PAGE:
ayn rand, eckhart tolle, the power of the novel, and the power of critical reading

I love listening to books on tape, books on cd, and books on my iPod. I love to read of course, but there is something very comforting about being read to. About having the words wash over me and keep going even if I missed something. Even if i didn’t comprehend every word perfectly. The story continues. Life continues. I am alright.

The library was closed. I went on an application on my iPod that downloads free audiobooks that are older and in the public domain. I chose at somewhat random. I happened to choose Anthem by Ayn Rand.

I recognized her name from the bookshelf in the bookstore where I work. I could picture where her books sit relative to the other last-names-starting-with-R fiction writers. But I knew nothing about her as a person or a writer.

I began listening.

At first I was reminded of 1984 by George Orwell, which I have not read for many years but has stuck in my brain stronger than most books I have not read for many years. A future dystopia, this one thousands of years into the future. Complete control by leaders, to the extent that the characters of Anthem refer to their own individual self as “we.” The word “I” does not exist in the language. Everything is done for the good of the brotherhood, with no questions asked.

Then I kept listening. I began to get suspicious about what this author was trying to say. As the narrating character began to transgress, get caught, and escape into something described very much like “The Forbidden Forest” in the Harry Potter books, I became more suspicious. Then I saw it: one extreme to another. Showing communism gone completely wrong to suddenly showing individualistic capitalist ideals at their most heightened and dangerous:

“Neither am I the means to any end others may wish to accomplish. I am not a tool for their use. I am not a servant of their needs. I am not a bandage for their wounds. I am not a sacrifice on their altars. I am a man. This miracle of me is mine to own and keep, and mine to guard, and mine to use, and mine to kneel before! I do not surrender my treasures, nor do I share them. The fortune of my spirit is not to be blown into coins of brass and flung to the winds as alms for the poor of the spirit. I guard my treasures: my thought, my will, my freedom. And the greatest of these is freedom. I owe nothing to my brothers, nor do I gather debts from them. I ask none to live for me, nor do I live for any others. I covet no man’s soul, nor is my soul theirs to covet. I am neither foe nor friend to my brothers, but such as each of them shall deserve of me. And to earn my love, my brothers must do more than to have been born. I do not grant my love without reason, nor to any chance passer-by who may wish to claim it. I honor men with my love. But honor is a thing to be earned.” -Ayn Ran, Anthem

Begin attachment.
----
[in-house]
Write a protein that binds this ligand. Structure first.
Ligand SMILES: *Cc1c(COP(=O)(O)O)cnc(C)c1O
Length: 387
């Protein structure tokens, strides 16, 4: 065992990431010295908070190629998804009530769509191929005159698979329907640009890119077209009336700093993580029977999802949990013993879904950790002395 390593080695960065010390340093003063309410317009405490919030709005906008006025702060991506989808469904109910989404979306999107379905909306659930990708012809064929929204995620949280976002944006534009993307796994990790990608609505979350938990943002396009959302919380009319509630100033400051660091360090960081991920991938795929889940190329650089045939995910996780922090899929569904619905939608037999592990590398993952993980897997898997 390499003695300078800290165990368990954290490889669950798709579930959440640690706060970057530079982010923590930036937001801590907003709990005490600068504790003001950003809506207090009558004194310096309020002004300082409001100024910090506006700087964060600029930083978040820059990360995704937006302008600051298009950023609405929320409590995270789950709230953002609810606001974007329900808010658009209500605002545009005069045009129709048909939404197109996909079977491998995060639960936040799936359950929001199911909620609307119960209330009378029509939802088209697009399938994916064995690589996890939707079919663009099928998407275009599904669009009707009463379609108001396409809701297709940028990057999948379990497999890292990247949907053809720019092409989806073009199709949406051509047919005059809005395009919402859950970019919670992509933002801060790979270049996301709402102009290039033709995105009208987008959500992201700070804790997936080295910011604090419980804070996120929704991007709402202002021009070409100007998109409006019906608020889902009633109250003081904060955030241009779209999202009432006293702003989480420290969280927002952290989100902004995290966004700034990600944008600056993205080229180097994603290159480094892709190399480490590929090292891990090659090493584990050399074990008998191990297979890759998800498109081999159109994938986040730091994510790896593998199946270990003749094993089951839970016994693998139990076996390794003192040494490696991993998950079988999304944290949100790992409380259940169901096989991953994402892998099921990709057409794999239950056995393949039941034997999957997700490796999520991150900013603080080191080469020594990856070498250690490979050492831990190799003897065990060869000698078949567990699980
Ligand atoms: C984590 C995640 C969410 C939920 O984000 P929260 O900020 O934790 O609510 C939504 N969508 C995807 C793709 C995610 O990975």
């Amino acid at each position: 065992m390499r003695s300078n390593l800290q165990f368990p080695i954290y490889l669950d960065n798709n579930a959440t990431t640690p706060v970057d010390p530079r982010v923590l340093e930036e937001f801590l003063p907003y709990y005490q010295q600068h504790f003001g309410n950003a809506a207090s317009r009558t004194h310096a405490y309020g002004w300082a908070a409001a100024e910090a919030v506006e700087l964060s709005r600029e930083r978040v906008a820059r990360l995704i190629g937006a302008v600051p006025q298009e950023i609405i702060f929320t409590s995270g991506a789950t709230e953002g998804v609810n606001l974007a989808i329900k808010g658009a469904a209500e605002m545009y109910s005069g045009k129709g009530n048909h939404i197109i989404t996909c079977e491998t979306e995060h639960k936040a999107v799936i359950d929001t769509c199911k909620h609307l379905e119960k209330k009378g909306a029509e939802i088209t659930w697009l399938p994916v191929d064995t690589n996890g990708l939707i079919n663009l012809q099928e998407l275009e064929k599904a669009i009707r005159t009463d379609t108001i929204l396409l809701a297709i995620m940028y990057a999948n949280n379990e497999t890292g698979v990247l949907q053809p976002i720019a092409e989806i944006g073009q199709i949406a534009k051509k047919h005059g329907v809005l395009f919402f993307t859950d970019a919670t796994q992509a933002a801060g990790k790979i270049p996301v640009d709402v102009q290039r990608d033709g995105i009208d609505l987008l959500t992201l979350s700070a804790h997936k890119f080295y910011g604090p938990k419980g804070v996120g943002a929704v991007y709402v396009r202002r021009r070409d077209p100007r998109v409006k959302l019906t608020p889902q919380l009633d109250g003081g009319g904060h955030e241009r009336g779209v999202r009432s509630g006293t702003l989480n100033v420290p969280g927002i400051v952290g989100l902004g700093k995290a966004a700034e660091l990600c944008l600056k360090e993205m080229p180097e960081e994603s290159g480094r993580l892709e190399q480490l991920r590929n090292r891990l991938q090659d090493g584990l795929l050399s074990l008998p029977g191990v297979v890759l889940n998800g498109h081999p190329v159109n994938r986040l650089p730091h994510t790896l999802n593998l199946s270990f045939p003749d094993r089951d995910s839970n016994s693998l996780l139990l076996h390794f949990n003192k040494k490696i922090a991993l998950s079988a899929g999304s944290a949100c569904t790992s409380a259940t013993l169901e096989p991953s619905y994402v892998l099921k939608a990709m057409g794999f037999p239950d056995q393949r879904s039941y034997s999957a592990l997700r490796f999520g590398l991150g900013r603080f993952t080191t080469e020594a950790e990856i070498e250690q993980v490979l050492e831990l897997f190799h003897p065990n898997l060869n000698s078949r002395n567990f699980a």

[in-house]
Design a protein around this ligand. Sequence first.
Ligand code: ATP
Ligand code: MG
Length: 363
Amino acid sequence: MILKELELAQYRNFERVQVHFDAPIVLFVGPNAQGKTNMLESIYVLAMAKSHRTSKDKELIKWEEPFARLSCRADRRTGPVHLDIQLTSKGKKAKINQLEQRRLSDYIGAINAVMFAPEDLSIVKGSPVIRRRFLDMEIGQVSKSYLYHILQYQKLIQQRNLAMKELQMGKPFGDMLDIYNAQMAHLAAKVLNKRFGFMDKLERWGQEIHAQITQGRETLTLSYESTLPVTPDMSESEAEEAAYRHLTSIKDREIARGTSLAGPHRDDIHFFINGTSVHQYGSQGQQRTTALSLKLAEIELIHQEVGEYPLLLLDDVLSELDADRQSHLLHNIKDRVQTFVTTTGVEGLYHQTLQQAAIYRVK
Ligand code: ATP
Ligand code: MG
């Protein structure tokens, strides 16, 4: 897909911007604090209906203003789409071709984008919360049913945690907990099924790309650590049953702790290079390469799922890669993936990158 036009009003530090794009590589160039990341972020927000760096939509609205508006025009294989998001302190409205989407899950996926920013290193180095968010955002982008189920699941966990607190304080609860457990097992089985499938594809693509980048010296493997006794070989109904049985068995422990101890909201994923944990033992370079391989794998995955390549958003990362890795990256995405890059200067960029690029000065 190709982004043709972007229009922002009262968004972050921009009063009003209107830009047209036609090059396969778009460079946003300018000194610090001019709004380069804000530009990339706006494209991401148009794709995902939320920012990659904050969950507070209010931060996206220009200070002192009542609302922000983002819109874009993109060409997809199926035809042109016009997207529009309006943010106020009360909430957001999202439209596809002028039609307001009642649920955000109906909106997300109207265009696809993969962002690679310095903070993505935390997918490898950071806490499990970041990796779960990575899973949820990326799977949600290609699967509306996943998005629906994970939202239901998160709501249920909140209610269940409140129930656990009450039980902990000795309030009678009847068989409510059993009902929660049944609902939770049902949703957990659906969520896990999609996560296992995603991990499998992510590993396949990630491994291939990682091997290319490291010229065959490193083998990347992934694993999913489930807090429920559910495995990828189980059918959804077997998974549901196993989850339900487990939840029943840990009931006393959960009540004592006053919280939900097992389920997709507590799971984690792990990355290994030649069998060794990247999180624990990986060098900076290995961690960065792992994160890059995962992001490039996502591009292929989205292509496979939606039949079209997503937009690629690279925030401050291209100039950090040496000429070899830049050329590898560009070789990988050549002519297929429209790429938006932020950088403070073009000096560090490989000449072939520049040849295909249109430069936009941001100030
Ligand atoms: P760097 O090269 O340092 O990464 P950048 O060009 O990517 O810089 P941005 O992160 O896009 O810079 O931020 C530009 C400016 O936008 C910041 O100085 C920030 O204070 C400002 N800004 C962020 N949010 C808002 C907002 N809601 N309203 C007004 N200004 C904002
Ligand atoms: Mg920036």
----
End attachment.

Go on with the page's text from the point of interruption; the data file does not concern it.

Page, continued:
Just as the word “I” was banned from the language early in the book, in this second-to-last chapter, (quoted above), the narrator suggests that the word “we” be banned.

I finally did some research on Rand’s other writing and her legacy. it is no wonder that she has been such an inspiration to libertarians and American conservatives. From one extreme to another. Oppression of strict individualism moves suddenly to the obliteration of any value in community, working together, or any common sense of responsibility to or justice for others.

 And this is just her novella. The Fountainhead and Atlas Shrugged are much longer, considered to be her masterpieces.

This whole experience has gotten me thinking about the power of text interpretation. And the power of fiction to push a strong agenda, whether or not the reader is consciously aware of it. It is rare these days that we read something written by someone we know nothing about—such is the digital age. I am glad I had the opportunity to discover for myself that there was something inherently very problematic in the message of the novel, before my research confirmed my fears.

We must read critically. We must realize the many ways texts can be interpreted (for example, at several moments throughout reading, the passages felt like beautiful and spiritual testimonies to solitude, something I care deeply about. But the entire text, and eventually the context in which it has been written and used, must be taken into account).

The novella ends with this passage:

“And here, over the portals of my fort, I shall cut in the stone the word which is to be my beacon and my banner. The word which will not die, should we all perish in battle. The word which can never die on this earth, for it is the heart of it and the meaning and the glory. The sacred word: EGO.” -Ayn Rand, Anthem

This was a terrifying and chilling end. I immediately felt Eckhart Tolle’s presence with me, and I felt safer. I will end this piece with Tolle’s words about the ego, so that I can walk away from this exploration with a feeling that I have put Rand and Tolle in conversation. That is my hope.

“No ego can last for long without the need for more. Therefore, wanting keeps the ego alive much more than having. The ego wants to want more than it wants to have. And so the shallow satisfaction of having is always replaced by more wanting.” -Eckhart Tolle, A New Earth 

“The moment you become aware of the ego in you, it is strictly speaking no longer the ego, but just an old, conditioned mind-pattern. Ego implies unawareness. Awareness and ego cannot coexist.” -Eckhart Tolle, A New Earth 

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